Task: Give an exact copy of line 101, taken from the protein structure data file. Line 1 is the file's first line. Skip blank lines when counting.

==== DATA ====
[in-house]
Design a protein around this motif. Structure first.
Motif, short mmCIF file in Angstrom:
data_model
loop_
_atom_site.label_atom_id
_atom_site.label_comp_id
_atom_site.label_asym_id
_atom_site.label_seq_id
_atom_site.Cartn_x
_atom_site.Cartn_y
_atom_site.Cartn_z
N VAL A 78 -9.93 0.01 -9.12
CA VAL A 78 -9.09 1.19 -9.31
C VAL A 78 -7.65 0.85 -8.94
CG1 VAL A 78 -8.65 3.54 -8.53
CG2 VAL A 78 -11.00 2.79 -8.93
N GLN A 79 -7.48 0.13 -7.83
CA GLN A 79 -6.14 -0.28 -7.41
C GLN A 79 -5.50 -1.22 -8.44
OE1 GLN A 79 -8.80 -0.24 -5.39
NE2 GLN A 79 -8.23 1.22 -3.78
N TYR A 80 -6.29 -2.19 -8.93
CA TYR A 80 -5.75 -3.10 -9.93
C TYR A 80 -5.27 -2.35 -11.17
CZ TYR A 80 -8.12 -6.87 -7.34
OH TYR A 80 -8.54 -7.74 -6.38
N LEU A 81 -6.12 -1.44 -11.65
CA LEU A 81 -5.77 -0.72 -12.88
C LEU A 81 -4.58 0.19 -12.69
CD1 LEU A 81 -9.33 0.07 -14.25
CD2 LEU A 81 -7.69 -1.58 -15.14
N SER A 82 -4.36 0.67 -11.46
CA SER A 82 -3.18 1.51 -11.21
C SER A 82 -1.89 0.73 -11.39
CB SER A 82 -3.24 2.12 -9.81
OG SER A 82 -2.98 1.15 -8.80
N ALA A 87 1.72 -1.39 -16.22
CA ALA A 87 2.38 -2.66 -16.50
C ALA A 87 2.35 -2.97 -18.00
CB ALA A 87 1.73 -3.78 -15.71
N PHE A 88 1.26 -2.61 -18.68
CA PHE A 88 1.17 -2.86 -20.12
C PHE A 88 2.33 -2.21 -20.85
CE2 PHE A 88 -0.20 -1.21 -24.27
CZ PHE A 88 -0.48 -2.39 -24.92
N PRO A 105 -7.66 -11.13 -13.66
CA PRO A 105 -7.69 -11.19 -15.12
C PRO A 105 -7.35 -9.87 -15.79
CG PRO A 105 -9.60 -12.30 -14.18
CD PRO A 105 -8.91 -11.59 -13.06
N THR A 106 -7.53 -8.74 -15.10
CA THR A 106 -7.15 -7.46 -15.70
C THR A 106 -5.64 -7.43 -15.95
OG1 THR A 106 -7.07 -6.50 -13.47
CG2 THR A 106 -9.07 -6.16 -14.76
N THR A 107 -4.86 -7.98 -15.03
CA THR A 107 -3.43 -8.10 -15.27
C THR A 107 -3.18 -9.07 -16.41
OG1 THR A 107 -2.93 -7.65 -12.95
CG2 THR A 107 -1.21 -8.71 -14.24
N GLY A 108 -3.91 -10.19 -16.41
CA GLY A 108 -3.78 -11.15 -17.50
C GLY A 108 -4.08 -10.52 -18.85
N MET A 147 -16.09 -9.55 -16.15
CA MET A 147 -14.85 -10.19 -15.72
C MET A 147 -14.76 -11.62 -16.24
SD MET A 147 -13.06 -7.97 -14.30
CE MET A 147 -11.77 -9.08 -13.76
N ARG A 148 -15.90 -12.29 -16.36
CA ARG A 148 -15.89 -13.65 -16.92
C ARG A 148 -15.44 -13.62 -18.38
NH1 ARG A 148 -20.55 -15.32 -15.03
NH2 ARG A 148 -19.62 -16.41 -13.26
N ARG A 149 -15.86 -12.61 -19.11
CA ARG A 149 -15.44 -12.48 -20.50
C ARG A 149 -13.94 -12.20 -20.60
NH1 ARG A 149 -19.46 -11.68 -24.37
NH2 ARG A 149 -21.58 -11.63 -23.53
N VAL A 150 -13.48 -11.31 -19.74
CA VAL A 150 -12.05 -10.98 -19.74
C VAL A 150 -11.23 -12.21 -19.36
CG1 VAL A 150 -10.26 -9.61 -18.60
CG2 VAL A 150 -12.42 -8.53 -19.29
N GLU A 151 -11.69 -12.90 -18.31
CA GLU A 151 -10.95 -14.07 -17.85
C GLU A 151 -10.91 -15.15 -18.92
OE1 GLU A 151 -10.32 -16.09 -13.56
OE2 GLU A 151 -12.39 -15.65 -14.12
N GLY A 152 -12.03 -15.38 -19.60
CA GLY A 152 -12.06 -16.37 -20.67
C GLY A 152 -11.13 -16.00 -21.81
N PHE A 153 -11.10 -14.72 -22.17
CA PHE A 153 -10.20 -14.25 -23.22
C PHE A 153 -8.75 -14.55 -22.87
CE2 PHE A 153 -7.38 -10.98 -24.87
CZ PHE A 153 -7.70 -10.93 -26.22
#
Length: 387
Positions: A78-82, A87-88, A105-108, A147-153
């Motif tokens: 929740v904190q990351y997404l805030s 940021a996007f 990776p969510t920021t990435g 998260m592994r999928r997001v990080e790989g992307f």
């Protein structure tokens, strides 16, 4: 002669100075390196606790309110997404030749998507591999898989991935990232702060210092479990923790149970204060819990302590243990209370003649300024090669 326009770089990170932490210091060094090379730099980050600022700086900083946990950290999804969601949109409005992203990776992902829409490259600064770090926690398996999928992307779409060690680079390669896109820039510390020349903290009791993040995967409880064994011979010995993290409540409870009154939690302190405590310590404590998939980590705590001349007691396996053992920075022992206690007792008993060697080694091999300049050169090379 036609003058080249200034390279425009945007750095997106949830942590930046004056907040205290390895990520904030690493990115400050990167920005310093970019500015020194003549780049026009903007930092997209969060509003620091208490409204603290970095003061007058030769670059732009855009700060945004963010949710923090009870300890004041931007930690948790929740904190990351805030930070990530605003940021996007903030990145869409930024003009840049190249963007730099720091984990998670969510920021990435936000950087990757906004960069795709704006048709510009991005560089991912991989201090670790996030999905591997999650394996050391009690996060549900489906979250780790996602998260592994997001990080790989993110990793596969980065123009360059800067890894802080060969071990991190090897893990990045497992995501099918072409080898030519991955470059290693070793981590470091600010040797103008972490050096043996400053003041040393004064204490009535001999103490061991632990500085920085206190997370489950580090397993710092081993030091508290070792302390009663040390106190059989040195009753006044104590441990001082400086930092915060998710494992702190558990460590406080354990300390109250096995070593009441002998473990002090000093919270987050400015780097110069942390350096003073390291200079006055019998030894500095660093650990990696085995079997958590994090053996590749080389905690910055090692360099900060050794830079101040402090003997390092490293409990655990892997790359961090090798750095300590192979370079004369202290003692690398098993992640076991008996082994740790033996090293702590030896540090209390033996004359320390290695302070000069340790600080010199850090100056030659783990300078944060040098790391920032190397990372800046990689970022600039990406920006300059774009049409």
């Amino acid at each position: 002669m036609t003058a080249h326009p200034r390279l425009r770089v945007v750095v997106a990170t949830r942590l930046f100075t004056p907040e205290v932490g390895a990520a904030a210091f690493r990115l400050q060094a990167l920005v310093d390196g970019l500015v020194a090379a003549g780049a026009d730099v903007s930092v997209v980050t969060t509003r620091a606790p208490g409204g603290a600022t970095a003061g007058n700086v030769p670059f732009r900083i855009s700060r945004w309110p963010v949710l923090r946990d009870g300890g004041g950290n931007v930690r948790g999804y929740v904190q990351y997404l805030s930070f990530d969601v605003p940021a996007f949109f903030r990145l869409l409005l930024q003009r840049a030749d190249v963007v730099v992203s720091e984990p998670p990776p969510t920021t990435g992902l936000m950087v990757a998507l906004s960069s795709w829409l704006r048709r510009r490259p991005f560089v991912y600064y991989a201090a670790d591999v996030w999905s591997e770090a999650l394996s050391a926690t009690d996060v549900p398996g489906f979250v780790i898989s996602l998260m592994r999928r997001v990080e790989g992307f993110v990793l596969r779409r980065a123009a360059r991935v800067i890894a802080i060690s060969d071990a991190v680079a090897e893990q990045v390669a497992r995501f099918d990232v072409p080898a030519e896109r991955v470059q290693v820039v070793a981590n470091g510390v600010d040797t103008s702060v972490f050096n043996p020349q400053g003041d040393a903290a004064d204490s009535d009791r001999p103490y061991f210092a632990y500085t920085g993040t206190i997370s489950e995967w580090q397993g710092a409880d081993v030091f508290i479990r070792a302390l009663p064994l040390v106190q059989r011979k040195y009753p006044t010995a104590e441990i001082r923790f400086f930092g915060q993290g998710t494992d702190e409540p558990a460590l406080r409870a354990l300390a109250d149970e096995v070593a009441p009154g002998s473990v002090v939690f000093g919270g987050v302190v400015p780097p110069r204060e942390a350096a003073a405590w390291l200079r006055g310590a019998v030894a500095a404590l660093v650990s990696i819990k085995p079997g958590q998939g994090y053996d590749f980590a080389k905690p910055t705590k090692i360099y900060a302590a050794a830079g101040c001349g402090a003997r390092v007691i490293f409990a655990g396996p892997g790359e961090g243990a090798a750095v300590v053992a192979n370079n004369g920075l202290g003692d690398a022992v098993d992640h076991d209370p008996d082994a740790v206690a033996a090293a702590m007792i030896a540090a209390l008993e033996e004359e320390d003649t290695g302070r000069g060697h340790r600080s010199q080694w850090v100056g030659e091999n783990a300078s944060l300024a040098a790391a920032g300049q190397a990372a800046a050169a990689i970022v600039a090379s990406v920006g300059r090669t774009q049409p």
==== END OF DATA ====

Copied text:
């Motif tokens: 929740v904190q990351y997404l805030s 940021a996007f 990776p969510t920021t990435g 998260m592994r999928r997001v990080e790989g992307f």